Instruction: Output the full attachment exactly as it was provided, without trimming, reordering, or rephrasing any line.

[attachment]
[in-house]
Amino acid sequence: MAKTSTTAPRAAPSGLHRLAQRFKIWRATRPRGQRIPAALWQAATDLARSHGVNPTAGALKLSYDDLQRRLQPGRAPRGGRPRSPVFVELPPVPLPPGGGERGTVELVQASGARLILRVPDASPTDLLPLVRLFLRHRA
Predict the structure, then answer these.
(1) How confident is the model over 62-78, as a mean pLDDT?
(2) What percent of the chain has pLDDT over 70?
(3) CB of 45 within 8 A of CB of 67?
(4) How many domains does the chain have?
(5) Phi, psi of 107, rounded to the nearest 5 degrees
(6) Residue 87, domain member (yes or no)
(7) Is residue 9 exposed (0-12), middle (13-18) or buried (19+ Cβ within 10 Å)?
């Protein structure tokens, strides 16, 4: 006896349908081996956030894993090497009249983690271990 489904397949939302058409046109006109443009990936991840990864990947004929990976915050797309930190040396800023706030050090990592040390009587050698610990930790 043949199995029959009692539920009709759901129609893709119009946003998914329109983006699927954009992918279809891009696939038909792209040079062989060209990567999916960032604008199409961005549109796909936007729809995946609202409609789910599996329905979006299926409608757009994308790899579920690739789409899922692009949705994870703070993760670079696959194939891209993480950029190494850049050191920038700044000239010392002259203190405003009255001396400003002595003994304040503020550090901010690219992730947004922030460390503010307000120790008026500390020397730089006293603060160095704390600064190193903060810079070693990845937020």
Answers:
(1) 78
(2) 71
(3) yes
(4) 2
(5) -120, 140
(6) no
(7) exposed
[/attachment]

[in-house]
Amino acid sequence: MAKTSTTAPRAAPSGLHRLAQRFKIWRATRPRGQRIPAALWQAATDLARSHGVNPTAGALKLSYDDLQRRLQPGRAPRGGRPRSPVFVELPPVPLPPGGGERGTVELVQASGARLILRVPDASPTDLLPLVRLFLRHRA
Predict the structure, then answer these.
(1) How confident is the model over 62-78, as a mean pLDDT?
(2) What percent of the chain has pLDDT over 70?
(3) CB of 45 within 8 A of CB of 67?
(4) How many domains does the chain have?
(5) Phi, psi of 107, rounded to the nearest 5 degrees
(6) Residue 87, domain member (yes or no)
(7) Is residue 9 exposed (0-12), middle (13-18) or buried (19+ Cβ within 10 Å)?
């Protein structure tokens, strides 16, 4: 006896349908081996956030894993090497009249983690271990 489904397949939302058409046109006109443009990936991840990864990947004929990976915050797309930190040396800023706030050090990592040390009587050698610990930790 043949199995029959009692539920009709759901129609893709119009946003998914329109983006699927954009992918279809891009696939038909792209040079062989060209990567999916960032604008199409961005549109796909936007729809995946609202409609789910599996329905979006299926409608757009994308790899579920690739789409899922692009949705994870703070993760670079696959194939891209993480950029190494850049050191920038700044000239010392002259203190405003009255001396400003002595003994304040503020550090901010690219992730947004922030460390503010307000120790008026500390020397730089006293603060160095704390600064190193903060810079070693990845937020």
Answers:
(1) 78
(2) 71
(3) yes
(4) 2
(5) -120, 140
(6) no
(7) exposed